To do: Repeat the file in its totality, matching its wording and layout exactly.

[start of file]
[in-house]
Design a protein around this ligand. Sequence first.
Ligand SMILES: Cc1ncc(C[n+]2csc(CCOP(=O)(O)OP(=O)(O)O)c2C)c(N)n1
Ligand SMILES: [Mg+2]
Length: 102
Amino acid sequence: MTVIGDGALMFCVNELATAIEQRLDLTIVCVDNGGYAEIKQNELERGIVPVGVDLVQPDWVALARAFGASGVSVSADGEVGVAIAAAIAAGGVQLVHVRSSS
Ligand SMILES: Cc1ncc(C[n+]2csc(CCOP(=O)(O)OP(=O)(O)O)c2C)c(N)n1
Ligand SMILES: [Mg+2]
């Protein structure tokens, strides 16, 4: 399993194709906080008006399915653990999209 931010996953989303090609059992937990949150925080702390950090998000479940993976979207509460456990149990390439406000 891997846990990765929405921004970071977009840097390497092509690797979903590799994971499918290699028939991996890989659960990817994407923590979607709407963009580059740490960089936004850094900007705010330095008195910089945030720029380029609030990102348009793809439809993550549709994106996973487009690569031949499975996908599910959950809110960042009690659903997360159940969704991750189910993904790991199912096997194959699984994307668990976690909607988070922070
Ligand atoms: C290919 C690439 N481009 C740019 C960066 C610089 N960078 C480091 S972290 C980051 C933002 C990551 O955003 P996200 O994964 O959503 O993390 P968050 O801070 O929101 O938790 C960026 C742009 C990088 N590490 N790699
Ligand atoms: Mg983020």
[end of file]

[in-house]
Design a protein around this ligand. Sequence first.
Ligand SMILES: Cc1ncc(C[n+]2csc(CCOP(=O)(O)OP(=O)(O)O)c2C)c(N)n1
Ligand SMILES: [Mg+2]
Length: 102
Amino acid sequence: MTVIGDGALMFCVNELATAIEQRLDLTIVCVDNGGYAEIKQNELERGIVPVGVDLVQPDWVALARAFGASGVSVSADGEVGVAIAAAIAAGGVQLVHVRSSS
Ligand SMILES: Cc1ncc(C[n+]2csc(CCOP(=O)(O)OP(=O)(O)O)c2C)c(N)n1
Ligand SMILES: [Mg+2]
């Protein structure tokens, strides 16, 4: 399993194709906080008006399915653990999209 931010996953989303090609059992937990949150925080702390950090998000479940993976979207509460456990149990390439406000 891997846990990765929405921004970071977009840097390497092509690797979903590799994971499918290699028939991996890989659960990817994407923590979607709407963009580059740490960089936004850094900007705010330095008195910089945030720029380029609030990102348009793809439809993550549709994106996973487009690569031949499975996908599910959950809110960042009690659903997360159940969704991750189910993904790991199912096997194959699984994307668990976690909607988070922070
Ligand atoms: C290919 C690439 N481009 C740019 C960066 C610089 N960078 C480091 S972290 C980051 C933002 C990551 O955003 P996200 O994964 O959503 O993390 P968050 O801070 O929101 O938790 C960026 C742009 C990088 N590490 N790699
Ligand atoms: Mg983020």